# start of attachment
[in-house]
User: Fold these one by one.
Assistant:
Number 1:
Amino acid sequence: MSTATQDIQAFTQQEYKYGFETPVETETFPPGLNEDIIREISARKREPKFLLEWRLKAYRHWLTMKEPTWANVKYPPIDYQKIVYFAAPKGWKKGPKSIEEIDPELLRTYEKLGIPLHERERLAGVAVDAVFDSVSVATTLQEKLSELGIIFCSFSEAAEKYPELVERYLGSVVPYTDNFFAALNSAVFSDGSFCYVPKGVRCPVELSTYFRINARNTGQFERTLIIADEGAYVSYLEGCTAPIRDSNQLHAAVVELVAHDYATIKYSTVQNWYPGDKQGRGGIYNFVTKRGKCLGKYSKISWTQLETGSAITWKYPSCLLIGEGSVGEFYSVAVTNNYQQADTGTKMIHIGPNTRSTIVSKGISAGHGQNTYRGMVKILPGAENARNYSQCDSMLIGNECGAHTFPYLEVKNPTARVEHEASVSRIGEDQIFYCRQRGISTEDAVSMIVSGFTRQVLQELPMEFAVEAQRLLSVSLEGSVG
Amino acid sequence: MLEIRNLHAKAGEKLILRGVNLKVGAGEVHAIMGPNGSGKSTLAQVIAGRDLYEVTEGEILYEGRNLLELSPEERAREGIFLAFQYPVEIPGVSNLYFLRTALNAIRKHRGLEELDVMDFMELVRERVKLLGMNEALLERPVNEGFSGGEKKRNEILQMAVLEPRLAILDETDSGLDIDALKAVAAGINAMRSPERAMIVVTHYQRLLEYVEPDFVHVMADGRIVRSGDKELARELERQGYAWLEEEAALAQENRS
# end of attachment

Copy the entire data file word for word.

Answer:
[in-house]
User: Fold these one by one.
Assistant:
Number 1:
Amino acid sequence: MSTATQDIQAFTQQEYKYGFETPVETETFPPGLNEDIIREISARKREPKFLLEWRLKAYRHWLTMKEPTWANVKYPPIDYQKIVYFAAPKGWKKGPKSIEEIDPELLRTYEKLGIPLHERERLAGVAVDAVFDSVSVATTLQEKLSELGIIFCSFSEAAEKYPELVERYLGSVVPYTDNFFAALNSAVFSDGSFCYVPKGVRCPVELSTYFRINARNTGQFERTLIIADEGAYVSYLEGCTAPIRDSNQLHAAVVELVAHDYATIKYSTVQNWYPGDKQGRGGIYNFVTKRGKCLGKYSKISWTQLETGSAITWKYPSCLLIGEGSVGEFYSVAVTNNYQQADTGTKMIHIGPNTRSTIVSKGISAGHGQNTYRGMVKILPGAENARNYSQCDSMLIGNECGAHTFPYLEVKNPTARVEHEASVSRIGEDQIFYCRQRGISTEDAVSMIVSGFTRQVLQELPMEFAVEAQRLLSVSLEGSVG
Amino acid sequence: MLEIRNLHAKAGEKLILRGVNLKVGAGEVHAIMGPNGSGKSTLAQVIAGRDLYEVTEGEILYEGRNLLELSPEERAREGIFLAFQYPVEIPGVSNLYFLRTALNAIRKHRGLEELDVMDFMELVRERVKLLGMNEALLERPVNEGFSGGEKKRNEILQMAVLEPRLAILDETDSGLDIDALKAVAAGINAMRSPERAMIVVTHYQRLLEYVEPDFVHVMADGRIVRSGDKELARELERQGYAWLEEEAALAQENRS